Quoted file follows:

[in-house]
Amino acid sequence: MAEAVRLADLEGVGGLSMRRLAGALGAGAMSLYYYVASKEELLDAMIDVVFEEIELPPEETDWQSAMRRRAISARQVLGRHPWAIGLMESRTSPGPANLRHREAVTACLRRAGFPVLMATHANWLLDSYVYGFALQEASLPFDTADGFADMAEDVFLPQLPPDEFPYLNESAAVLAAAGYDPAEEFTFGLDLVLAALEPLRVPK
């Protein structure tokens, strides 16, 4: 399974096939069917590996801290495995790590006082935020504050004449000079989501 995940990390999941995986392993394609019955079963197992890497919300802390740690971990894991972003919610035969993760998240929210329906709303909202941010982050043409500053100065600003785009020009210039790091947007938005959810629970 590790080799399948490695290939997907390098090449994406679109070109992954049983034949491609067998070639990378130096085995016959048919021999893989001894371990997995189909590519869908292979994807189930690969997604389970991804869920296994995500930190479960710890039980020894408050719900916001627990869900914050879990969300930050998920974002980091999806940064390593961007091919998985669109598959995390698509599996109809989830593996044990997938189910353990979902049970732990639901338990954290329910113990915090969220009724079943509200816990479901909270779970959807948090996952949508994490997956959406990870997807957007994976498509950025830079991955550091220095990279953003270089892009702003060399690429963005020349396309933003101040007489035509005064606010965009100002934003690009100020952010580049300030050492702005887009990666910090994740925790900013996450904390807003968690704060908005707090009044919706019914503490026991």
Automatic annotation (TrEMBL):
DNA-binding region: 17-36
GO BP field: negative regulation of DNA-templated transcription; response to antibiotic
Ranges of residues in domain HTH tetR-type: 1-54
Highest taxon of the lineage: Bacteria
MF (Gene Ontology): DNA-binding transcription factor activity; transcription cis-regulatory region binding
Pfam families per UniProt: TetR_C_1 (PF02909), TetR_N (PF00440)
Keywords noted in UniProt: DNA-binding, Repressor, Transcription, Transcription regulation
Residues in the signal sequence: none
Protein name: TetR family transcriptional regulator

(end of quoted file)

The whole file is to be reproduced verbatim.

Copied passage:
[in-house]
Amino acid sequence: MAEAVRLADLEGVGGLSMRRLAGALGAGAMSLYYYVASKEELLDAMIDVVFEEIELPPEETDWQSAMRRRAISARQVLGRHPWAIGLMESRTSPGPANLRHREAVTACLRRAGFPVLMATHANWLLDSYVYGFALQEASLPFDTADGFADMAEDVFLPQLPPDEFPYLNESAAVLAAAGYDPAEEFTFGLDLVLAALEPLRVPK
């Protein structure tokens, strides 16, 4: 399974096939069917590996801290495995790590006082935020504050004449000079989501 995940990390999941995986392993394609019955079963197992890497919300802390740690971990894991972003919610035969993760998240929210329906709303909202941010982050043409500053100065600003785009020009210039790091947007938005959810629970 590790080799399948490695290939997907390098090449994406679109070109992954049983034949491609067998070639990378130096085995016959048919021999893989001894371990997995189909590519869908292979994807189930690969997604389970991804869920296994995500930190479960710890039980020894408050719900916001627990869900914050879990969300930050998920974002980091999806940064390593961007091919998985669109598959995390698509599996109809989830593996044990997938189910353990979902049970732990639901338990954290329910113990915090969220009724079943509200816990479901909270779970959807948090996952949508994490997956959406990870997807957007994976498509950025830079991955550091220095990279953003270089892009702003060399690429963005020349396309933003101040007489035509005064606010965009100002934003690009100020952010580049300030050492702005887009990666910090994740925790900013996450904390807003968690704060908005707090009044919706019914503490026991």
Automatic annotation (TrEMBL):
DNA-binding region: 17-36
GO BP field: negative regulation of DNA-templated transcription; response to antibiotic
Ranges of residues in domain HTH tetR-type: 1-54
Highest taxon of the lineage: Bacteria
MF (Gene Ontology): DNA-binding transcription factor activity; transcription cis-regulatory region binding
Pfam families per UniProt: TetR_C_1 (PF02909), TetR_N (PF00440)
Keywords noted in UniProt: DNA-binding, Repressor, Transcription, Transcription regulation
Residues in the signal sequence: none
Protein name: TetR family transcriptional regulator